What Is Long-Term Disability in Canada?

Long-term disability (LTD) is an insurance plan available to employees who become unable to do their jobs due to a medical condition, disability, or injury. The insurance pays about 60-75% of the salary earned prior to the employee becoming unable to work. If the condition resulting in LTD is permanent, the employee could receive benefits until age 65. If it’s not permanent, the LTD ends when the employee can return to their job.

Many employers have this insurance, and many pay for the policies. However, employers aren’t required to have the insurance, and some that do require the employee to pay part or all of the premiums. If you’re unsure what your status is, check with your employer. Self-employed people have the option of purchasing their own policy.

To receive LTD, the employee must have been covered in the employer’s policy, and the disability must match what’s defined as an LTD in the policy. Definitions vary across different insurance companies and policies, but it usually comes down to the employee’s inability to work due to the medical issue.

Am I Still Considered an Employee if I’m on Long-Term Disability?

Someone on LTD is still considered an employee unless they resign from their job, their contract ends and isn’t renewed, or they’re terminated by the employer. It’s important to understand that LTD is separate from employment–even if the employee is terminated, the LTD continues while the employee is still eligible, whether or not they’re still employed.

Sometimes, a situation occurs where the employee can’t work, but their LTD claim is denied. This shouldn’t affect the employee’s job status, but it might. Talk to a lawyer who specializes in LTD to determine what the next steps should be.

Can an Employer Fire an Employee Who’s on Long-Term Disability?

It is possible for an employer to fire an employee who’s on LTD. That said, they have to be extremely careful about how they do so. While the employee has partial income from the LTD policy, terminating their employment could cause them to lose additional benefits, such as retirement investments. However, an employer legally cannot fire an employee because of the disability itself; that violates anti-discriminatory laws.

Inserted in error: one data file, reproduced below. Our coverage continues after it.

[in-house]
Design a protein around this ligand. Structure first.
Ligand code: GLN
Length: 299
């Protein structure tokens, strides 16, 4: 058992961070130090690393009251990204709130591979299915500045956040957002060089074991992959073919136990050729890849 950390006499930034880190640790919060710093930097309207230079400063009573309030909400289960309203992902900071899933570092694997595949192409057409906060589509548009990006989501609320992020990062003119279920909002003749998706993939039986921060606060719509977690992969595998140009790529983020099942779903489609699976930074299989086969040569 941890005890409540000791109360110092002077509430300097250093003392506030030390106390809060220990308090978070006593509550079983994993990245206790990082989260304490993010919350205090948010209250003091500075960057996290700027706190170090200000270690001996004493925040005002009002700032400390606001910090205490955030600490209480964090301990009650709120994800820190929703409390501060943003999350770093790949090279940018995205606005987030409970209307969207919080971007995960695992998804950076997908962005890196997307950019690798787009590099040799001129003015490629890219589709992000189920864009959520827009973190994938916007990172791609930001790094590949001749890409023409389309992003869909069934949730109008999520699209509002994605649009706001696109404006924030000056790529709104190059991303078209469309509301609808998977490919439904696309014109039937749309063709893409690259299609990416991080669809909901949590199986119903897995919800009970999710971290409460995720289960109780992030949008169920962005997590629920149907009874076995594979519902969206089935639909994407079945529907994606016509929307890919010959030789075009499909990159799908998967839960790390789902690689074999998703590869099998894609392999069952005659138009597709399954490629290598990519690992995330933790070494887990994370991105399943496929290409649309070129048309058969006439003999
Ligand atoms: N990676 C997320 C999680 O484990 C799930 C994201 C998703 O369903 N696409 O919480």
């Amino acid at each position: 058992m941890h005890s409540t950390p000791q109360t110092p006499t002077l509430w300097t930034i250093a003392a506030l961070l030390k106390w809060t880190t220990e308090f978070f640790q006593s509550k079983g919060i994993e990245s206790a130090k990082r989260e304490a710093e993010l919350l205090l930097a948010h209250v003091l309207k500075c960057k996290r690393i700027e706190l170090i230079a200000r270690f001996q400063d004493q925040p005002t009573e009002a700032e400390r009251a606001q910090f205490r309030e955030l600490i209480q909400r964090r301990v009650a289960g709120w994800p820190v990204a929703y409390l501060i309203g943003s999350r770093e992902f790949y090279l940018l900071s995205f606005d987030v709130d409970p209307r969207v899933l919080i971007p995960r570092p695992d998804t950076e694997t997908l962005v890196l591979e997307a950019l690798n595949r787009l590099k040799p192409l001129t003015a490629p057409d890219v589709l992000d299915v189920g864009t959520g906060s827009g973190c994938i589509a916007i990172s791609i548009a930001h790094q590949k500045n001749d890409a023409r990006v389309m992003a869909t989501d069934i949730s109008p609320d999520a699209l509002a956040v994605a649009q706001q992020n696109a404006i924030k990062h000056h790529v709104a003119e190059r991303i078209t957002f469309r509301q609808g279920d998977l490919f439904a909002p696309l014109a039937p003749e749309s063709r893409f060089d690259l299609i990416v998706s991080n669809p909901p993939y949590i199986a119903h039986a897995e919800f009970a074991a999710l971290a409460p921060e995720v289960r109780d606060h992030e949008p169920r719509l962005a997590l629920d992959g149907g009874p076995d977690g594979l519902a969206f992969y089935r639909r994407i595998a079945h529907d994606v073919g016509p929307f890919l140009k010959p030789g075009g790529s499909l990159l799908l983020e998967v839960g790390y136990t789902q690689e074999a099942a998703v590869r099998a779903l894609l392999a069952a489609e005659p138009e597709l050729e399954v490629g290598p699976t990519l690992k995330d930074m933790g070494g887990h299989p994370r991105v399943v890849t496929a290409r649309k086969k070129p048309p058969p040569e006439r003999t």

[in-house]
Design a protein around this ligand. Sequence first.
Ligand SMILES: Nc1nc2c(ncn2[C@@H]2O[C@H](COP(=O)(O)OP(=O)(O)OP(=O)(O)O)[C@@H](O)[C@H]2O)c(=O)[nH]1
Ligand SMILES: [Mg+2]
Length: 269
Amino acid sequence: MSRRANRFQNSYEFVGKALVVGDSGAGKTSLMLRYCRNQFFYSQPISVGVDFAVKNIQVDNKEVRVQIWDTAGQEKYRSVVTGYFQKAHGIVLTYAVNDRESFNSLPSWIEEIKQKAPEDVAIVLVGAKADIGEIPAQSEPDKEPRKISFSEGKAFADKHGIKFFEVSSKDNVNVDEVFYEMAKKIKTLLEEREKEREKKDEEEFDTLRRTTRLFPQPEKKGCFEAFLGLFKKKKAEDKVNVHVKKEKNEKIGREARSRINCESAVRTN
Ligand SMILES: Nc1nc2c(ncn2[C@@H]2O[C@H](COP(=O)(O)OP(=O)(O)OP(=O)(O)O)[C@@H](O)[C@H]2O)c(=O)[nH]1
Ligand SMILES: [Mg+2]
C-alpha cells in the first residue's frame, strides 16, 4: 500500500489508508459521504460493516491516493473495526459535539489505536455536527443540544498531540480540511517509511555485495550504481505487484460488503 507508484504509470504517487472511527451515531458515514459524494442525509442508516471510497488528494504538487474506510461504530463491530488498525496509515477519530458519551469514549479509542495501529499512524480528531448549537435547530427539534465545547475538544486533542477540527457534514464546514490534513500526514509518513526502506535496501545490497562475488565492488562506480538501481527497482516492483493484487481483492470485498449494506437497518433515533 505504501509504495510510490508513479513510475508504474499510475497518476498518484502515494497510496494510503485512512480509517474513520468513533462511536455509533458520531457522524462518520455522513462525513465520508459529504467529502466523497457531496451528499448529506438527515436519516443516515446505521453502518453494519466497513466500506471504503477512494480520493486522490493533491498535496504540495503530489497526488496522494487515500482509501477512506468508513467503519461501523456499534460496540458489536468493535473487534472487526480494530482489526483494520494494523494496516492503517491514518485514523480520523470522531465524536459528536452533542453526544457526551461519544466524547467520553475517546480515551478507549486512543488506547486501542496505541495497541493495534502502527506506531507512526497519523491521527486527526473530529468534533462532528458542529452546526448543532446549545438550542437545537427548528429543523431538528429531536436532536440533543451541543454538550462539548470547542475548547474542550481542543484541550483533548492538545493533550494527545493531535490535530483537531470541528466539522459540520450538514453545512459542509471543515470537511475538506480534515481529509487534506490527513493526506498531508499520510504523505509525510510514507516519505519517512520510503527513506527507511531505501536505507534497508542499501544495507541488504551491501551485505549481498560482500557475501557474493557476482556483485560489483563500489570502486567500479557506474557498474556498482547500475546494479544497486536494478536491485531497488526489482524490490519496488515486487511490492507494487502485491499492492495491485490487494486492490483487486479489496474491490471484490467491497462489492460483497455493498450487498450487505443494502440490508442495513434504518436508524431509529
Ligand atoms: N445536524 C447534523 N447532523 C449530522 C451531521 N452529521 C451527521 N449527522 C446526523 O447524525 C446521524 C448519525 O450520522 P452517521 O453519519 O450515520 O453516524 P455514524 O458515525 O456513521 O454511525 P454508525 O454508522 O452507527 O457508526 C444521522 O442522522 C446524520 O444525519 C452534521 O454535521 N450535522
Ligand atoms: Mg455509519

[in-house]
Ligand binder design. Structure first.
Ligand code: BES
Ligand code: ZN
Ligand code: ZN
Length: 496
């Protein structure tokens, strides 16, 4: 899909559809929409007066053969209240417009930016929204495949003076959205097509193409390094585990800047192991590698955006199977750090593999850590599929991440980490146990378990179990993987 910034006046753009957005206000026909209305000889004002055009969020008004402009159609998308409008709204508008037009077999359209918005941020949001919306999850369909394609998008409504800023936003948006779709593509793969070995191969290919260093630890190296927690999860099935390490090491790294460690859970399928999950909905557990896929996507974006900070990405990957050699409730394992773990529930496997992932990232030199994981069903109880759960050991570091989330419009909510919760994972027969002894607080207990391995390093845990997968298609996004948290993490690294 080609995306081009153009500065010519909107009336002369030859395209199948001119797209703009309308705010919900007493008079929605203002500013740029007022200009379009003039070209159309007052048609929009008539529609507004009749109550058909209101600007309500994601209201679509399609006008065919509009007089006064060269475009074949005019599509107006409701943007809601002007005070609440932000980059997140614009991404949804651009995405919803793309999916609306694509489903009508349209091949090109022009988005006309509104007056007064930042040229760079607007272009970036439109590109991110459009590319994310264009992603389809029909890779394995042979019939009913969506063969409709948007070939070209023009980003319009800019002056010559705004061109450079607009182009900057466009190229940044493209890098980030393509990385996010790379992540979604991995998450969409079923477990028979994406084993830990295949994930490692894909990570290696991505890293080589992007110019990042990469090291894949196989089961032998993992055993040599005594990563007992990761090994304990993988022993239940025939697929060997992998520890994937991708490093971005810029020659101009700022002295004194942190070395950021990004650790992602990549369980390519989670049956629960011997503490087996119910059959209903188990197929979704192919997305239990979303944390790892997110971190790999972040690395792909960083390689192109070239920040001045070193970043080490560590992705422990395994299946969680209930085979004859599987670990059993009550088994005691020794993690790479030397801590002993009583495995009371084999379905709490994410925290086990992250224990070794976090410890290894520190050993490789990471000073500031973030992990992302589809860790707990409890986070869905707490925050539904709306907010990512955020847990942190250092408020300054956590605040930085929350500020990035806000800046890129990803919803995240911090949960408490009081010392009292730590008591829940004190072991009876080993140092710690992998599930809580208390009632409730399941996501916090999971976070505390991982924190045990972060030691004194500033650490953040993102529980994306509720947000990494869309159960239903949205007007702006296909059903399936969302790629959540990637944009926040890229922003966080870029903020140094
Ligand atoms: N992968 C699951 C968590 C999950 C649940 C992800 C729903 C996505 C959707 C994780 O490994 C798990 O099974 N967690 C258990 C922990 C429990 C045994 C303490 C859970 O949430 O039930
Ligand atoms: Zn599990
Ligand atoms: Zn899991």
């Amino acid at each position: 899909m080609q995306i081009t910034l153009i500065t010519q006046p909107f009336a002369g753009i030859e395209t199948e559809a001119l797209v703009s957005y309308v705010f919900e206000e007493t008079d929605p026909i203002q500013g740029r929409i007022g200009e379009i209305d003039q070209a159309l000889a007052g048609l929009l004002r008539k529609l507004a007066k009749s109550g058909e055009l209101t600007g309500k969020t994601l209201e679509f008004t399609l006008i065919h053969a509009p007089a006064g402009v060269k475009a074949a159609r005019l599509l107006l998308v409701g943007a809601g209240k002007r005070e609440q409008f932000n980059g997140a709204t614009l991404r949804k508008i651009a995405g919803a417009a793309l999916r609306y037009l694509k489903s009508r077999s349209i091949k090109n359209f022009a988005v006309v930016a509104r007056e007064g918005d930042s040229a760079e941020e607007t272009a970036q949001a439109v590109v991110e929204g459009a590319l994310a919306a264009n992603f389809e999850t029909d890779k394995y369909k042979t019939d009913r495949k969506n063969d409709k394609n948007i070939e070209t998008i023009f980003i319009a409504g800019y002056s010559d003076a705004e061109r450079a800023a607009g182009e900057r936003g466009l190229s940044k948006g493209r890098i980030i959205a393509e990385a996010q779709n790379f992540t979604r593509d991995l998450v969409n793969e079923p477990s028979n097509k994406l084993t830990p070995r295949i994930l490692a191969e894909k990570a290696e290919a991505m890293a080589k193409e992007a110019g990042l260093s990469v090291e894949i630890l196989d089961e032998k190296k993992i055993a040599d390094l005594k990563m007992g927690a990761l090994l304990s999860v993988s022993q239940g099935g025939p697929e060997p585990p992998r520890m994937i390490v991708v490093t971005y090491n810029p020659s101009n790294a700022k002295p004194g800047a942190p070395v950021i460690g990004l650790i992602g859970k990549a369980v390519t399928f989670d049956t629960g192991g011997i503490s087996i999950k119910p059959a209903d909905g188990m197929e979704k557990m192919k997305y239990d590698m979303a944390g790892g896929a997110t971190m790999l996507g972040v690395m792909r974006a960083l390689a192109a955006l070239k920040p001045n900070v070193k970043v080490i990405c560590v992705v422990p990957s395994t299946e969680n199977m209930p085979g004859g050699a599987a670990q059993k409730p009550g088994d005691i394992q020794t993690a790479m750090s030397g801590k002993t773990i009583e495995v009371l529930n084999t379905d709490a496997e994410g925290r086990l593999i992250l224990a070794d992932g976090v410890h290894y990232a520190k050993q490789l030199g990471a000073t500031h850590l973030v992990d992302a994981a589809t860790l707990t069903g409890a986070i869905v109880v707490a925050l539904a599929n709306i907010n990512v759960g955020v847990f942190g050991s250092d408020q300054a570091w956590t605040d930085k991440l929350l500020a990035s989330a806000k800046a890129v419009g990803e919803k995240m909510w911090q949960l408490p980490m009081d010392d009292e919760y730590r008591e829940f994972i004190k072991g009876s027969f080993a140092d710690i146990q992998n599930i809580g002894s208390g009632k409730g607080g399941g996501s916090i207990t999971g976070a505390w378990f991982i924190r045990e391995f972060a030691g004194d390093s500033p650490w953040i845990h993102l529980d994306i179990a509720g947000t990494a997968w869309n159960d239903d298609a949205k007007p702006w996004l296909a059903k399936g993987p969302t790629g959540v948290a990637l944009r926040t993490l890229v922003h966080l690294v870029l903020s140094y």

In order for an employer to release an employee on LTD, several things must first happen.

  • The employer must try to provide accommodation for the employee to reasonably do their job. For that to happen, the employee needs to provide information about the disability and what accommodations need to be made.
  • Suppose the employer can’t provide the accommodation for various reasons, including cost, and the loss of the employee in their specific role causes a hardship to the company. In that case, the employer may be able to claim undue hardship as a reason for releasing the employee.
  • The employer must provide adequate notice. The amount of notice varies depending on several factors, including provincial law and how long the employee worked for the company. The only time exempted from adequate notice is if the employee is terminated for cause. That means the employee was found behaving in ways that negatively affect the company, such as stealing, harassing other employees, or insubordination to management.

Suppose your employer terminated your employment while you were on LTD, and you’re not sure they had the right to do so. In that case, it’s highly recommended that you contact an experienced long-term disability lawyer to see what your options are.

What Is Frustration of Contract?

A concept known as the doctrine of frustration often comes up with LTD cases. This states that the foundation of the relationship between an employer and employee is that the employee provides work that the employer needs, and the employer pays the employee for that work. If the employee becomes unable to do the job through no fault of their own or of the employer, the contract may be deemed frustrated. In other words, the job ends.

The employer doesn’t fire the employee, and the employee doesn’t resign.

These are complex cases because there are no specific situations or circumstances that define when a contract is frustrated. If an employee is told their job is over because of a frustration of contract, they should contact a lawyer to determine if this can legally hold.

What if the Employee Becomes Disabled After Being Removed from Their Job?

If an employee is terminated from their job and then becomes disabled, whether or not they’re eligible for LTD depends on whether the employer kept them covered under the policy. Many policies require the employee to be actively working at the time the disability occurs to be eligible for LTD, so even if the employer still had the employee on the policy, they still may not be eligible.

Some policies don’t make that distinction, so if the employer still had the employee on the policy, the employee may be eligible for LTD.

What Should I Do if I Need Help with Long-Term Disability?

Call NOVA Injury Law at 902-706-5205 to schedule a free case review. We know how crucial LTD can be when there have been catastrophic life changes. Our team of knowledgeable, experienced LTD lawyers can help guide you through the process of filing for LTD and assisting if there are difficulties along the way. We can also help determine whether an employee on LTD who was let go from their job was terminated legally and provide support for pursuing legal remedies if not.